Limits of integration for parametric equation

For the picture attached I am wondering why I cannot take the limits from $$-\frac{\pi}{2}$$ to $$\frac{\pi}{2}$$. If I take those limits, Sine vanishes (in the second last step) and the answer varies significantly. Where am I going wrong?

• John ,thanks for edit .Can you please ,help me with the problem also? – shubham jain Aug 12 at 16:00
• I believe it would really help if you sketched out the various solids on a coordinate plane. – JohnColtraneisJC Aug 12 at 16:07
• Sorry for the bologna mate! – JohnColtraneisJC Aug 12 at 17:08

1 Answer

Integrating from $$0$$ to $$\pi$$ seems very strange to me too! Those bounds would correspond to the region $$y \ge 0$$, which doesn't match up with the fact that the cylinder in question lies entirely in the region $$x \ge 0$$ (if $$a>0$$), since its equation can be written as $$(x-a/2)^2+y^2 \le (a/2)^2$$.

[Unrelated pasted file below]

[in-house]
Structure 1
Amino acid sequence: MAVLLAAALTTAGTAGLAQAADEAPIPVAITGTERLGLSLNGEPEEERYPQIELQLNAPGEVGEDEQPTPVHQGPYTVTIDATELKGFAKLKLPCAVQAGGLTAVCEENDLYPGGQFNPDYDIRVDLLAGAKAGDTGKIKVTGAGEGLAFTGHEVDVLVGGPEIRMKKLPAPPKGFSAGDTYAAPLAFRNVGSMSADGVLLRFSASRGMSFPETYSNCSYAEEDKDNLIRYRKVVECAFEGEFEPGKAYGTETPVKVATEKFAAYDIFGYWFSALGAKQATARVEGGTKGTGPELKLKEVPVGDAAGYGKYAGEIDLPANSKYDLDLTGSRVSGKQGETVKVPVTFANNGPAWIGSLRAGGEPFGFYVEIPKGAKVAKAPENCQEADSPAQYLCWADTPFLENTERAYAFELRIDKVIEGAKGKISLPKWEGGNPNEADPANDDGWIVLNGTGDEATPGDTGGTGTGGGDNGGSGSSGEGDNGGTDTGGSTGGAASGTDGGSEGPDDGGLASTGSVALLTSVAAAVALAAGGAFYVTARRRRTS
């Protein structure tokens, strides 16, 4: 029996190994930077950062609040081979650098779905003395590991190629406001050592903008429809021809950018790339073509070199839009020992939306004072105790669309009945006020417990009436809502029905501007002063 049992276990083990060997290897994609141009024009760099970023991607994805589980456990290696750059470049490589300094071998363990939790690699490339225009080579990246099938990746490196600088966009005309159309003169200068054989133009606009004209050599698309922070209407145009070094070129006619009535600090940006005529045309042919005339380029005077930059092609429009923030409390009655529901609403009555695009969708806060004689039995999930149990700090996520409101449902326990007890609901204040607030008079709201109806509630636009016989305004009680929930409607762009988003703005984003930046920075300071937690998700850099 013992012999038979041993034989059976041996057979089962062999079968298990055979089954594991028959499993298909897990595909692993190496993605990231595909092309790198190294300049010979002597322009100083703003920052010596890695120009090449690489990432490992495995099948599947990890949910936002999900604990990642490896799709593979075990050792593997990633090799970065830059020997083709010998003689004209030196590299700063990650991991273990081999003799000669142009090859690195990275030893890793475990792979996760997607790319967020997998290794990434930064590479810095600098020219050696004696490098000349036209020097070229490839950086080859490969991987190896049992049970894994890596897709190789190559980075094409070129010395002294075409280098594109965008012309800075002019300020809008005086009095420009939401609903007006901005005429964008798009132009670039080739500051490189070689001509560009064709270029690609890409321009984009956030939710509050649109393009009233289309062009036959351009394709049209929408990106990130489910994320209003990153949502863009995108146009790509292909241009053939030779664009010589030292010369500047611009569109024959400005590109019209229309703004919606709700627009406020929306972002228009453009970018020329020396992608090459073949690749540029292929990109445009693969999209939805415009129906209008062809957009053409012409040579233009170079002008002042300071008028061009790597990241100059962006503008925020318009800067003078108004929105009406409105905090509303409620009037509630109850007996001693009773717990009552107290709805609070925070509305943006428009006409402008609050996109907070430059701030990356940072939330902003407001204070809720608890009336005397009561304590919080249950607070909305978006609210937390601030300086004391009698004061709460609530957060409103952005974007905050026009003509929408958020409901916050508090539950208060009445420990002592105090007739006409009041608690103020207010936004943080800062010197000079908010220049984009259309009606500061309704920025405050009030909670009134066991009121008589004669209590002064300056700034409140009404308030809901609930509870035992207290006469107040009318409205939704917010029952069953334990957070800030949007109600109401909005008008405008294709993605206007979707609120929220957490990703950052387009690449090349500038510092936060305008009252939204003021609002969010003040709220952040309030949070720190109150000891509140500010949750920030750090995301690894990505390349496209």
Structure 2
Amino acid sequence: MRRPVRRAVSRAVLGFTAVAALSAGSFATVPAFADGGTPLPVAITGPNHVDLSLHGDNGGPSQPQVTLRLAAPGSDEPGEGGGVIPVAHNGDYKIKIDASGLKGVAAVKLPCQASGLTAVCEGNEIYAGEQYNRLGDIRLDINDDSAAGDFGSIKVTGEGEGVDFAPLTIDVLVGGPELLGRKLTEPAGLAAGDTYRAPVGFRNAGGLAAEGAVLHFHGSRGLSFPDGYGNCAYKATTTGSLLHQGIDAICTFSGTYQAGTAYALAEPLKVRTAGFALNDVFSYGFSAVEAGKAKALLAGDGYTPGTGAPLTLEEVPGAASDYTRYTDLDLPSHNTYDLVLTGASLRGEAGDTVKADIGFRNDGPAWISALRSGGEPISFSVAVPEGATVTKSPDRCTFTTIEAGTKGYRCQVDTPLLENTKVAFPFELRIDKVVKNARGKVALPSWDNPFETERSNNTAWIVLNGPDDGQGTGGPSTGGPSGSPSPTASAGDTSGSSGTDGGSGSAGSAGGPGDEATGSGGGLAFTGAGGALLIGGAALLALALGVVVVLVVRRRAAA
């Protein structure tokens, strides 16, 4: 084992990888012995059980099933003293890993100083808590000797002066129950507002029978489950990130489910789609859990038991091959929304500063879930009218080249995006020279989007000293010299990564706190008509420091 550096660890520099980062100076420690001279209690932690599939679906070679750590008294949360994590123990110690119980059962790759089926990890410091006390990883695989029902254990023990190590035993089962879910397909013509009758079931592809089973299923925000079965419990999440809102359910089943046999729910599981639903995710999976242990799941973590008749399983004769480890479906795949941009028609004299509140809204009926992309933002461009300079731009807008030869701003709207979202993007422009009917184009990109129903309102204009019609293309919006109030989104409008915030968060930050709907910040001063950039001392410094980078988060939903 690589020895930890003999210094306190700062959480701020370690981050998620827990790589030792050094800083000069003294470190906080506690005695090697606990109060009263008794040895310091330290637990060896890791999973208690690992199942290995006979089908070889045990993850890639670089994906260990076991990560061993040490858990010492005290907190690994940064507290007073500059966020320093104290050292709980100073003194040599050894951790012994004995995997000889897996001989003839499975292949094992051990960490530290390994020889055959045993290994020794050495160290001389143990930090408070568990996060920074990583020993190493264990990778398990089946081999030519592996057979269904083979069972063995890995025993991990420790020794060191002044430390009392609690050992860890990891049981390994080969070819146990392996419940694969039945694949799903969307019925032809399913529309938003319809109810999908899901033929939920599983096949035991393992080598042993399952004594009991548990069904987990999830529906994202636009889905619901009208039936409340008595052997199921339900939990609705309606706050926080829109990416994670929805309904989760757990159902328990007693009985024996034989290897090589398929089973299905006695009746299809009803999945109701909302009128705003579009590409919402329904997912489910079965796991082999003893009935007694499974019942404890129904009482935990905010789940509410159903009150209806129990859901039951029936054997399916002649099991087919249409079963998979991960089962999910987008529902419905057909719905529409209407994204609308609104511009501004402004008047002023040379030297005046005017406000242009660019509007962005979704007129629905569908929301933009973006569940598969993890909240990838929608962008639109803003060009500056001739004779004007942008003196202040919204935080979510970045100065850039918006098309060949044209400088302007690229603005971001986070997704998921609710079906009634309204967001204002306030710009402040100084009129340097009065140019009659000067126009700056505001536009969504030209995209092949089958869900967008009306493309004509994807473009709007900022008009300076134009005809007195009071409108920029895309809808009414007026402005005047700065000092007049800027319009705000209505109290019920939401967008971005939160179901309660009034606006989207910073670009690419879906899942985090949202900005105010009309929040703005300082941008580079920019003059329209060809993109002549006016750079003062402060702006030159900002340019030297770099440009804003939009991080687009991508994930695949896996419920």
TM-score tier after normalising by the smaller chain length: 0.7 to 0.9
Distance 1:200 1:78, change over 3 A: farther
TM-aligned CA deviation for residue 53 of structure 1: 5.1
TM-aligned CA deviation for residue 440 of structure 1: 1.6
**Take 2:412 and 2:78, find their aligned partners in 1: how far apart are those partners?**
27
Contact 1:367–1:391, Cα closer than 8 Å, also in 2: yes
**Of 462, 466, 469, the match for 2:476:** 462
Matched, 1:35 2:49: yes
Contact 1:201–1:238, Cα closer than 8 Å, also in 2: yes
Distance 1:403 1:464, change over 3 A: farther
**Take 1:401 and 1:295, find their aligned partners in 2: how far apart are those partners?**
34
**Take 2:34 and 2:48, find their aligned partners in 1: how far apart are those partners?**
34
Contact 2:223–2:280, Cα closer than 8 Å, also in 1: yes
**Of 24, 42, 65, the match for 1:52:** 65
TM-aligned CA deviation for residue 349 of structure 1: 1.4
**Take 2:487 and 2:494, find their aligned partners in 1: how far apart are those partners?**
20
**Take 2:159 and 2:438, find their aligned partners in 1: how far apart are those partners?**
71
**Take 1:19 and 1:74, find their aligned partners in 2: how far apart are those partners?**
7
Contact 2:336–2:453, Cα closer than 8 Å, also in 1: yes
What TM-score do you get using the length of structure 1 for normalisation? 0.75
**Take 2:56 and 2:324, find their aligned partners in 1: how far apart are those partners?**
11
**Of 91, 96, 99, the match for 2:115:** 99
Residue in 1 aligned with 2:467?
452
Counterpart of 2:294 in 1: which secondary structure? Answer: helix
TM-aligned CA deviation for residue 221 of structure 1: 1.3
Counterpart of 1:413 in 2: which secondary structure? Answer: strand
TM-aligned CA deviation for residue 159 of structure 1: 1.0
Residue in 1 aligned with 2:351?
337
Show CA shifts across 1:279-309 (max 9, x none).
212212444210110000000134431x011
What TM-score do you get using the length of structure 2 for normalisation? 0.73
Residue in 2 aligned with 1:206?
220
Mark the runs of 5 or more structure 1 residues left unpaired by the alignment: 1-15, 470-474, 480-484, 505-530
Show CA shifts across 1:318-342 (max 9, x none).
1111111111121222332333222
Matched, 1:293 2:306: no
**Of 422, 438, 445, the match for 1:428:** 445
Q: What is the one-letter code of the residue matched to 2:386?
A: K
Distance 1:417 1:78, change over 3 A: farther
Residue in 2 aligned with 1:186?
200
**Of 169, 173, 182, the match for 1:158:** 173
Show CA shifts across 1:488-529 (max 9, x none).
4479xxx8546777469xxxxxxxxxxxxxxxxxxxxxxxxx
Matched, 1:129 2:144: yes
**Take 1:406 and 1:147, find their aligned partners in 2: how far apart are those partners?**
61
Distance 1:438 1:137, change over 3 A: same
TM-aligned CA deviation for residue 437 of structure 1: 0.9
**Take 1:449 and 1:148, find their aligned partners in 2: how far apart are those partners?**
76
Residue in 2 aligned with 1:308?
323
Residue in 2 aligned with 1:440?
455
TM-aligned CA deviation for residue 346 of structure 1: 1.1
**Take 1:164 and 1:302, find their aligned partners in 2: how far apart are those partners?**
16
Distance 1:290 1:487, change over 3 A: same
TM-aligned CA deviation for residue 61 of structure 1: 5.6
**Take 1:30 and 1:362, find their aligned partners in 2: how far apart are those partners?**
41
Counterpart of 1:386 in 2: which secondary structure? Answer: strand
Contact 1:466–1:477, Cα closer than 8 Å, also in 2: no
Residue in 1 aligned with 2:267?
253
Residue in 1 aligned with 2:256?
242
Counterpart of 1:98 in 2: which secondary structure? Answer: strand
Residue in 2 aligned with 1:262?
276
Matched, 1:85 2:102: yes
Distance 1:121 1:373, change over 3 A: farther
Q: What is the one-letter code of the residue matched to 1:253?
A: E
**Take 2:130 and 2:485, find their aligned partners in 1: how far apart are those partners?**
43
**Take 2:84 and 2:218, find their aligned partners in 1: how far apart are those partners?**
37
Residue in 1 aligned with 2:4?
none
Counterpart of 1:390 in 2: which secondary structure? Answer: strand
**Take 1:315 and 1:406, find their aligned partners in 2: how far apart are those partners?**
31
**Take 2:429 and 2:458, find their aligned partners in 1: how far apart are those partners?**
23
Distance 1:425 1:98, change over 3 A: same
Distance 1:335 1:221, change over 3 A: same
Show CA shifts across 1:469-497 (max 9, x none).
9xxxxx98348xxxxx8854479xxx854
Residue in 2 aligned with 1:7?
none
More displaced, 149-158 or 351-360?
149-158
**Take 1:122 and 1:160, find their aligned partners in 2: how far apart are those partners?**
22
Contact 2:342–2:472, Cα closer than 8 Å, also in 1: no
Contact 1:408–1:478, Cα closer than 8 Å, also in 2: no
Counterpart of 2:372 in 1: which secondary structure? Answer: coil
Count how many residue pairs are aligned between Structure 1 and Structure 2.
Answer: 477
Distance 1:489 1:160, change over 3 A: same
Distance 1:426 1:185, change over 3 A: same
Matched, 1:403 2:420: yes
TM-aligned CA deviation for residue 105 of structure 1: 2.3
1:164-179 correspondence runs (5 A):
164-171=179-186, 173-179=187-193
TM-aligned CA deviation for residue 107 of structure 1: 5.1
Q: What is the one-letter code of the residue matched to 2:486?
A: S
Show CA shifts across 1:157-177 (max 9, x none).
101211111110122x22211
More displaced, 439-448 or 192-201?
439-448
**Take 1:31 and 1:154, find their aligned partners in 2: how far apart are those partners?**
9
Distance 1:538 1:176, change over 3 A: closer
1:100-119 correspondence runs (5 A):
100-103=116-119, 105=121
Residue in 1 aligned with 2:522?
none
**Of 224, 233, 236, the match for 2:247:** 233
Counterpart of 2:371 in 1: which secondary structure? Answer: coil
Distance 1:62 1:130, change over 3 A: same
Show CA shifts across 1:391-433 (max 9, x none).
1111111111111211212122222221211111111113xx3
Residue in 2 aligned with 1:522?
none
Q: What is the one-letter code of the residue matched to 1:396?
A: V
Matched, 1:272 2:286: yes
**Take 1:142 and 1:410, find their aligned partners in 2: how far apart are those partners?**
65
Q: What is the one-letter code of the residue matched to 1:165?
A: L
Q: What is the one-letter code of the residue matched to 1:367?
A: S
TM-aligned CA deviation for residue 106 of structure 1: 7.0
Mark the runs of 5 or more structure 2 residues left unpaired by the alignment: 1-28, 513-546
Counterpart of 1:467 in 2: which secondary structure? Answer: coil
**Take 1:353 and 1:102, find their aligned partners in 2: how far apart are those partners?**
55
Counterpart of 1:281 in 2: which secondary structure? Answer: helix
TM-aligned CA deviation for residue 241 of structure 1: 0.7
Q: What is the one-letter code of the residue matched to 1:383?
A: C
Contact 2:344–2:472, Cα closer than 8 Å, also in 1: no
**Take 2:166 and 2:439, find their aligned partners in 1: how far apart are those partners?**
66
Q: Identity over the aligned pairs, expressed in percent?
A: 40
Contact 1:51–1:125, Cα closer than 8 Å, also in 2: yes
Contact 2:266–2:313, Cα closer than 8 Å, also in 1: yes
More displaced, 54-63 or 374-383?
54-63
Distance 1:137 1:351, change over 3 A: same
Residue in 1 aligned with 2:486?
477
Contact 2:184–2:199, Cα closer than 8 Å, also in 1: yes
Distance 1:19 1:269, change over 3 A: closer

So you're right, the integration should go from $$-\pi/2$$ to $$\pi/2$$, but you mustn't forget that when you substitute $$r=a\cos \theta$$ into $$(a^2-r^2)^{3/2}$$ you get $$(a^2 - a^2 \cos^2 \theta)^{3/2} = (a^2)^{3/2} (\sin^2 \theta)^{3/2} = a^3 \sin^2 \theta \, \sqrt{\sin^2 \theta} = a^3 \sin^2 \theta \, | \sin \theta | .$$ Note the absolute value here, coming from the identity $$\sqrt{t^2} = |t|$$.

With this integrand, the integral from $$-\pi/2$$ to $$0$$ will give the same contribution as the integral from $$0$$ to $$\pi/2$$, and you don't get zero as your answer anymore.

• I've been monitoring this problem and was actually struggling a bit my own self...thank you for coming to the rescue. +1! – JohnColtraneisJC Aug 12 at 17:07
• Awesome Hans .Thanks a lot .A usual error of taking √x^2 as x and not modulus x made me pay the price .I was doubting my concepts and was in terrible frame of mind .Thanks for the timely rescue . – shubham jain Aug 12 at 17:32